Endometriosis Specialist

Midwest Urogynecology

John P. Judd, MD

Gynecologist & Urogynecologist located in St. Louis, MO

If you’re experiencing severe menstrual pain or can’t seem to get pregnant, you may have endometriosis — a condition in which endometrial tissue grows outside of the uterus. John Judd, MD, offers effective diagnostic and treatment options for endometriosis at Midwest Urogynecology in St. Louis. To schedule an exam, contact his office or use the online scheduler.

Endometriosis Q & A

What is endometriosis?

Endometriosis is a disorder that causes tissue meant to grow inside of your uterus grow outside instead. It usually involves the fallopian tubes, ovaries, and tissue that lines the pelvis. The endometrial tissue acts just like it would if it were in your uterus by thickening, breaking down, and bleeding during menstruation. The problem is, it can’t leave your body and instead gets trapped.

What are the symptoms of endometriosis?

Most commonly, endometriosis causes pelvic pain, which can go far beyond typical menstrual cramps and worsen over time. Other symptoms may include:

  • Bleeding between your periods
  • Bloating
  • Constipation
  • Diarrhea
  • Fatigue
  • Heavy menstrual bleeding
  • Infertility
  • Nausea
  • Pain during or following intercourse
  • Painful urination or bowel movements

Who gets endometriosis?

Most anyone with a uterus can develop endometriosis, but the following factors increase your risk:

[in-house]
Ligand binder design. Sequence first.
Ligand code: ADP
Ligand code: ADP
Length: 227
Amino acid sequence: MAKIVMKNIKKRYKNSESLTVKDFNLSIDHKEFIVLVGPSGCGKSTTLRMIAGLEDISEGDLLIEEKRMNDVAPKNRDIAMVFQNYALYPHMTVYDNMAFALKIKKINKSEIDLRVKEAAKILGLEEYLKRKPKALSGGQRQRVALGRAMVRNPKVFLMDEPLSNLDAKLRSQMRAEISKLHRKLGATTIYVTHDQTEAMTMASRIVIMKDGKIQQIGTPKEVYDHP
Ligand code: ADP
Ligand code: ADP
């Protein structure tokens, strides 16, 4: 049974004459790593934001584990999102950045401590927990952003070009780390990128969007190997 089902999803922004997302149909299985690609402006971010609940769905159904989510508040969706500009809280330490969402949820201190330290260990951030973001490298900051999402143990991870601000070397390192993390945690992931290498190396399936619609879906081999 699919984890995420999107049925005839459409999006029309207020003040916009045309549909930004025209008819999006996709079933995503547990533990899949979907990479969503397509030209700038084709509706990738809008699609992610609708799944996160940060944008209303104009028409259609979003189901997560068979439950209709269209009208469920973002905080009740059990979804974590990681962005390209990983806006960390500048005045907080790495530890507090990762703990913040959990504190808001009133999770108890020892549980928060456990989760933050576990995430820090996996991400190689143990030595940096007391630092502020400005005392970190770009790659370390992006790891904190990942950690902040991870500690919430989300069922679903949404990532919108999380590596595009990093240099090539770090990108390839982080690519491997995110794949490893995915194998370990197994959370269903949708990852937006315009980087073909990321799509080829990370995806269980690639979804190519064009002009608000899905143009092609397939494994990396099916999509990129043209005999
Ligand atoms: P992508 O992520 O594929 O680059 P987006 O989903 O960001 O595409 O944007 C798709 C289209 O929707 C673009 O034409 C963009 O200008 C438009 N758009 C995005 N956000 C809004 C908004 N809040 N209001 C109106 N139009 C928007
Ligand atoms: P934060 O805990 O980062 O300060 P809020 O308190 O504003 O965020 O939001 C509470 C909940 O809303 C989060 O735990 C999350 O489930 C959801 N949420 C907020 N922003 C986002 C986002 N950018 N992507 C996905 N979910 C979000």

• Abnormalities in your uterus
  • Family history of endometriosis
  • Low body mass index (being thin for your age and height)
  • Never giving birth
  • Medical conditions that prevent normal menstrual blood release from the body
  • Periods spaced fairly close together, or less than 27 days apart
  • Reaching menopause at a later age
  • Starting menstruation at an early age

How is endometriosis treated?

Endometriosis tends to respond well to medications or surgery, depending on the severity of your symptoms. Dr. Judd may recommend taking over-the-counter pain medications such as ibuprofen or naproxen to ease menstrual cramps.

If this doesn’t suffice, hormone therapy may prove helpful. Hormonal birth control methods help regulate the hormones that cause the monthly buildup of endometrial tissue. As a result, some women end up with lighter periods and far less, if any, pain.

How can surgery help?

Especially if you have endometriosis and wish to become pregnant, surgery can help by removing as much of the affected tissue as possible without affecting your ovaries or uterus. This surgery may also help if you’re experiencing intense pain from the disorder. It can be done through traditional surgery or laparoscopically, in which a slim viewing instrument is inserted through a small incision around your belly button.

A hysterectomy to remove the cervix and uterus, along with the ovaries, may be the best option in severe cases.